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South Korea Embassy in Egypt to mark International Day of Girl Child  - Daily News Egypt

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South Korea Embassy in Egypt to mark International Day of Girl Child 

The day aims to promote girls’ empowerment and the fulfilment of their human rights, through the Girls Take Over initiative.

Every year since 2012, the world has celebrated the International Day of the Girl Child on 11 October, when the needs and challenges girls face worldwide are highlighted and addressed.

The day aims to promote girls’ empowerment and the fulfilment of their human rights, through the Girls Take Over initiative.

This year, the celebration was creatively marked as a way of getting around the disruptions caused by the novel coronavirus (COVID-19) pandemic. 

In Egypt, the reins of power have been handed over to 31 girls as a form of empowerment, with the youngsters taking over from high-level officials in Egypt for one day. This will see them take on work in different Ministries, taking the reins from senior leaders in the Egyptian government, ambassadors from many embassies in Egypt, heads of UN agencies, and civil society leaders.

The Girls Take Over initiative in Egypt is part of a series of celebrations to mark the International Day of the Girl Child, which has been facilitated by Plan International Egypt. It started in late September, and is set to culminate in a “Girls’ Summit” which will be held on 11 October.

Hong Jin-wook, South Korea’s new Ambassador to Egypt, was among the first ambassadors that welcomed the initiative in 2020, in which he received 18-year-old Egyptian youngster Eman at the embassy on Wednesday. Eman took over his role as Ambassador for a day, with the Embassy organising a press conference to mark the occasion.

During the course of the day, Eman had the chance to experience the Korean Ambassador’s typical working day. She also spoke with the embassy’s team about its policies and efforts to actively integrate girls and women in all its projects.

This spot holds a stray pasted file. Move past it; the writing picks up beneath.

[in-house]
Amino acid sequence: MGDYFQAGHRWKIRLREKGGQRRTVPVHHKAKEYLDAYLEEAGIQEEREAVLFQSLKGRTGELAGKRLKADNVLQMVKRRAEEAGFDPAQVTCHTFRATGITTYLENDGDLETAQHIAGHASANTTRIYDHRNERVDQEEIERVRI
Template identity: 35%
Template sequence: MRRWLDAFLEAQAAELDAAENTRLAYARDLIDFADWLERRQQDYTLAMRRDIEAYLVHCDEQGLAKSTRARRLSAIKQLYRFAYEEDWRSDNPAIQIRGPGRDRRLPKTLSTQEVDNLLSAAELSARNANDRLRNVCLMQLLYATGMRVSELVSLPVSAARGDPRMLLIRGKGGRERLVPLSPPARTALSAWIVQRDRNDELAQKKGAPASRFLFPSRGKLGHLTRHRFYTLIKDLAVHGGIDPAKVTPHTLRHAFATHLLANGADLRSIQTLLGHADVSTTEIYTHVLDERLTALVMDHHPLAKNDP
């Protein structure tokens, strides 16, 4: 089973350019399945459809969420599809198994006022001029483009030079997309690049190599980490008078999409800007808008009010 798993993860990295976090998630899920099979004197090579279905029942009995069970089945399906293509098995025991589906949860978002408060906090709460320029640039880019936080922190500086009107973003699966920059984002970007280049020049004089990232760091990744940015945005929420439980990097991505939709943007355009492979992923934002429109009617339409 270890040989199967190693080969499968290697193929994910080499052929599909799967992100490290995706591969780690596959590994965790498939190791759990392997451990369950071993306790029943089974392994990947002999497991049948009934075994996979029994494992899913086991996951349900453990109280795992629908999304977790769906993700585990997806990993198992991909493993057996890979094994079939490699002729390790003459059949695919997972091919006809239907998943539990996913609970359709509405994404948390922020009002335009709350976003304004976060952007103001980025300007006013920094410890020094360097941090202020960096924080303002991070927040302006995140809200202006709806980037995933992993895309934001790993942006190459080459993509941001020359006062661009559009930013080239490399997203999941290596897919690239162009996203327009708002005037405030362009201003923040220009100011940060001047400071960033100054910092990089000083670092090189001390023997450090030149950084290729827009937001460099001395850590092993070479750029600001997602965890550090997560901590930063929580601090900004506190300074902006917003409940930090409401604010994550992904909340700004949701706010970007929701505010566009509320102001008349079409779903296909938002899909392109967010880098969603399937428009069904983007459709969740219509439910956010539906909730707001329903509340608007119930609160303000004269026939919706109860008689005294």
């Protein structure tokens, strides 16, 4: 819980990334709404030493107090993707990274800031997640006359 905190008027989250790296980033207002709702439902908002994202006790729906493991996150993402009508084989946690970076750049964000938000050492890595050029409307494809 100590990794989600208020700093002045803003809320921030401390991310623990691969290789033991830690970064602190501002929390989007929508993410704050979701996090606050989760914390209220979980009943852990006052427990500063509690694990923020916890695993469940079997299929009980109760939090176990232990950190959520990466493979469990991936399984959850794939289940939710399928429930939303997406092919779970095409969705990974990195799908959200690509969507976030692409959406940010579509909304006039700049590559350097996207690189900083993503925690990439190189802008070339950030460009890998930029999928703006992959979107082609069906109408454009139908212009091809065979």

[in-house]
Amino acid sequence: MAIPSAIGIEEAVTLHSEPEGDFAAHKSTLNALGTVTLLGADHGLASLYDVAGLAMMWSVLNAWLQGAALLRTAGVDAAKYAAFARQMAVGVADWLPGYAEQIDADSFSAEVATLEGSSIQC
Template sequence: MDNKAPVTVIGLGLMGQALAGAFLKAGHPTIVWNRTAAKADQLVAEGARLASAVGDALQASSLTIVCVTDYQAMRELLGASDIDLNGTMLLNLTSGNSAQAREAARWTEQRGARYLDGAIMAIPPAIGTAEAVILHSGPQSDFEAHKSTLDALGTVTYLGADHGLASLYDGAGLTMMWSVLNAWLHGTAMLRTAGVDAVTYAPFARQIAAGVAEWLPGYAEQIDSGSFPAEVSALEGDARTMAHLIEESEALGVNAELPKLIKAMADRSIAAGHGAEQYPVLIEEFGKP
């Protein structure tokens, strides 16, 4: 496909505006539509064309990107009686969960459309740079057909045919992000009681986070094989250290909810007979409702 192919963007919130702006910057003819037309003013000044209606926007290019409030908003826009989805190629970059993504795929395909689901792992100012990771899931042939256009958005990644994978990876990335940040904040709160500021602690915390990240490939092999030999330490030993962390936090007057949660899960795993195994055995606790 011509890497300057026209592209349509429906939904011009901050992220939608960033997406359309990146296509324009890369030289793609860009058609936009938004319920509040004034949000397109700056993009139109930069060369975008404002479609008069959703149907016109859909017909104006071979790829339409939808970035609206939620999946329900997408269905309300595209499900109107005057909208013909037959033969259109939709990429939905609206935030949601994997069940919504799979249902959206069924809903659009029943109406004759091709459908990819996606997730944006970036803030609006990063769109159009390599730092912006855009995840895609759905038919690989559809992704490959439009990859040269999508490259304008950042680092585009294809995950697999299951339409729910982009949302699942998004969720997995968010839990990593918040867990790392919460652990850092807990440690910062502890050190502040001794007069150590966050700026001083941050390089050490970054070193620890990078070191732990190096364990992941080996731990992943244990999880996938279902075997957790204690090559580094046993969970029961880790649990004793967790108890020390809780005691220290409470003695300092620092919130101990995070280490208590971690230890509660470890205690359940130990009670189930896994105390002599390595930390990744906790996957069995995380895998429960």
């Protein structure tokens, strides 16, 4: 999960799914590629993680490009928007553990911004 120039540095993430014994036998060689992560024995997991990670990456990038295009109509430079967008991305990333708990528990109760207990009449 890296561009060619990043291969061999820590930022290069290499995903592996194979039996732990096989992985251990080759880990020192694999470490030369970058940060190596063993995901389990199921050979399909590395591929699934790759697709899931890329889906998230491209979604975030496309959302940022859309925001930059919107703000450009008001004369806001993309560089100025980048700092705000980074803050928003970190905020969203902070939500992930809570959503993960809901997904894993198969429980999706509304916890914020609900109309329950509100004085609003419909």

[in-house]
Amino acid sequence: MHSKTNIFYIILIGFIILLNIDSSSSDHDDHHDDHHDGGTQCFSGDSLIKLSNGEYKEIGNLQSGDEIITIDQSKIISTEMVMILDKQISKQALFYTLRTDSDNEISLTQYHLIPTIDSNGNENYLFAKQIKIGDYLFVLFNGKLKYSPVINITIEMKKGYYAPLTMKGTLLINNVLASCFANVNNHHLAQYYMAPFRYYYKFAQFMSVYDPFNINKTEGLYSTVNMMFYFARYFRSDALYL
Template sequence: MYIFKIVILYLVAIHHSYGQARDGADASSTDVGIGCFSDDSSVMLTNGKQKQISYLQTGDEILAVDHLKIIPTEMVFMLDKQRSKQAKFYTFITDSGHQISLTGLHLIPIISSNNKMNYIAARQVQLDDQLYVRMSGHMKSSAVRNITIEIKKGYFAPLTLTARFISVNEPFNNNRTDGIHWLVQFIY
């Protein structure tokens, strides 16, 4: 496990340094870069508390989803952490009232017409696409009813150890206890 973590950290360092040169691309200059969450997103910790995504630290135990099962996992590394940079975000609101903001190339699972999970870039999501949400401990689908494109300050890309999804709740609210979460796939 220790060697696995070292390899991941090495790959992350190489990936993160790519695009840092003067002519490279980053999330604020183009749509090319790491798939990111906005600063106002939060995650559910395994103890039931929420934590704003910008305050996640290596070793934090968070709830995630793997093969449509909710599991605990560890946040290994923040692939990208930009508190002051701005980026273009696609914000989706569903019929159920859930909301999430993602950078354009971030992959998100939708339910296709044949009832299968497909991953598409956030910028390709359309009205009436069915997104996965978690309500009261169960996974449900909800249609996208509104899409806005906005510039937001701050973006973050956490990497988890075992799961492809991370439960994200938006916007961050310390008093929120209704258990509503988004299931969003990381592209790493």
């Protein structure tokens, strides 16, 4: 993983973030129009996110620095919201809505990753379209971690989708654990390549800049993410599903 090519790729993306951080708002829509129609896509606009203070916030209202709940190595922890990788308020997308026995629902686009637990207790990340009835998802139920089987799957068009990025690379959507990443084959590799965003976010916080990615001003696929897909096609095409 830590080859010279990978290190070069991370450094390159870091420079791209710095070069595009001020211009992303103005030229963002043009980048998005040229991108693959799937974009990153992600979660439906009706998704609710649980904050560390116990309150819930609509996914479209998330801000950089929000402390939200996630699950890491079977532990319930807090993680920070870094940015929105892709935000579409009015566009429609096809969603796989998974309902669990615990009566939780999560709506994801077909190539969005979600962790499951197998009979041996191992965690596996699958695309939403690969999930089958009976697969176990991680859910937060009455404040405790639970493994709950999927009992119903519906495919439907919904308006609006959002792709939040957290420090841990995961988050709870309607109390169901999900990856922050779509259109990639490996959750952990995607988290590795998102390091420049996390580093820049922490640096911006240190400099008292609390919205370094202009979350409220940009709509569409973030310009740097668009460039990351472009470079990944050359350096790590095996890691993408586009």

During the press conference, Ambassador Hong praised the initiative and Egypt’s Ministry of Social Solidarity’s efforts in empowering girls nationwide. He said that this year has been the embassy’s first participation in such an initiative, and will not be the last.

Hong also praised this year’s theme which aims to ensure girls gain equal freedom and access to online technologies. The Ambassador said this is an important topic not only because of the technological advances that we are witnessing, but also because we should get more prepared in handling gender equality with online edge.

“Gender equality is a very important, serious issue, and it is an area where Egypt and South Korea could cooperate and learn from each other,” Ambassador Hong said, “It is also not something to avoid, it is now something that we should live with.”

He added that from a systematic perspective, both Egypt and South Korea are prepared to handle the gender equality issue. This does not mean, however, that it has translated into daily life, with many women still suffering from a lack of equality in their day-to-day lives. Unfortunately, Korea and Egypt are still far away from true equality between men and women, Hong said. 

Inas Omar, Monitoring and Evaluation Assistant, Relationship Building Coordinator at Plan International Egypt, talked about the selection criteria for the girls who wished to take part in the Girls Take Over initiative.

She said that most of those who were picked had participated before in many awareness programmes, as well as community activities, and they were nominated to participate in the initiative due to their work.

Omar noted that some conditions were put into effect in order to choose the girls, including that they had to be aged between 14 and 23 years of age, and have also previously participated in community activities.

Furthermore, they needed to be aware of the current problems that girls their age face, as well as have good presentation skills, in order to be able to convey these problems accurately.

Omar also said that, after the girls were accepted into the initiative, Plan International’s lead advisor trained the girls and conducted a matching exercise. This would ensure the participants were matched with the best suitable take-over position depending on their skills and personalities.

“I was very afraid as I was entering the embassy, but after a little time, I felt relaxed, calm, and very comfortable,” one 18-year-old ambassador-for-a-day said.

She added that there is currently still a preference for men in many aspects of life, and that gender inequality remains a key issue.

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